Freeman

September 1996

Volume 46, 1996

FEATURES

Must the News Media Be Inimical to Freedom?

The News Media Make the Selling of Liberty Difficult

SEPTEMBER 01, 1996 by SHELDON RICHMAN

Freedom and Language

Corruption of Political Language Is the Greatest Threat to Freedom

SEPTEMBER 01, 1996 by AEON SKOBLE

Two Cases of Press Malpractice

Responsible Journalists Would Learn Basic Economics

SEPTEMBER 01, 1996 by TIBOR R. MACHAN

Obscenity: The Case for a Free Market in Free Speech

Government Censorship Makes Children of Us All

SEPTEMBER 01, 1996 by T. FRANKLIN HARRIS JR.

Who Put the E in E-Mail?

Email Actually Provides What Government Mail Can't

SEPTEMBER 01, 1996 by A.M. ROGERS

Is the Public Served by the Public Interest Standard?

The Standard Discourages Industry Competition and Innovation

SEPTEMBER 01, 1996 by ADAM THIERER

The Virtues of Free Speech

Freedom of Speech Is Connected to Human Excellence

SEPTEMBER 01, 1996 by MARK TURIANO

The Entrepreneur as a Defender of Liberty

Entrepreneurs Doggedly Pursue Private Interests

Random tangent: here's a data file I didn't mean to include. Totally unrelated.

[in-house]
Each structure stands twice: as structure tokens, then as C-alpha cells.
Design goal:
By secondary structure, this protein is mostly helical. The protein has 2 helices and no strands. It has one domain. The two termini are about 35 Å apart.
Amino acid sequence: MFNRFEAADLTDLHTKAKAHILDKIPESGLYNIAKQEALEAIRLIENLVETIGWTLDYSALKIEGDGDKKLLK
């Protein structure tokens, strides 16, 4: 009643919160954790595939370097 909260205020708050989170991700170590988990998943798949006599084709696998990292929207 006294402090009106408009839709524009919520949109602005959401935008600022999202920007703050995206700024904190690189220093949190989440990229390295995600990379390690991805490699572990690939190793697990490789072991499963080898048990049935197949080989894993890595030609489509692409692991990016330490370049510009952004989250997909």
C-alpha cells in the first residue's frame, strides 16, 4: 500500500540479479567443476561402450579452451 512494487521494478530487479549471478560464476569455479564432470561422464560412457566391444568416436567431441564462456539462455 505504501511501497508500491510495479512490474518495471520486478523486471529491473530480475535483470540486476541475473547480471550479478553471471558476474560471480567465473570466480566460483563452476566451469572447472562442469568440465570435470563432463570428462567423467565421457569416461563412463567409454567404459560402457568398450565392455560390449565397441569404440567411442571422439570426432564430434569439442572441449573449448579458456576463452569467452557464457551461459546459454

SEPTEMBER 01, 1996 by FELIX LIVINGSTON

Charles James Fox, Valiant Voice for Liberty

Fox Was the Voice of the Opposition Nearly All His Career

SEPTEMBER 01, 1996 by JIM POWELL

Wartime provides the toughest test for a defender of liberty. That's when governments everywhere tend to censor, jail, and even execute opponents. Charles James Fox became a legend for defending liberty during not one but two major wars. Uniquely among great British political figures, he spent almost his entire Parliamentary career--38 years--in the Opposition.

New Keynesians Finally Reject Keynes's General Theory

"Classical Economics Provides the Right Answers to Many Fundamental Questions"

SEPTEMBER 01, 1996 by MARK SKOUSEN
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It's been 40 years since F. A. Hayek received his Nobel Prize. His insights, particularly on the distribution of knowledge and the impossibility of economic planning, remain hugely important today. In this issue, we look back on the influence of his work. Max Borders and Craig Biddle debate whether liberty must be defended from one absolute foundation, further reflections on Scottish secession, and how technology is already changing our world for the better--including how robots, despite the unease they cause, will only accelerate this process.
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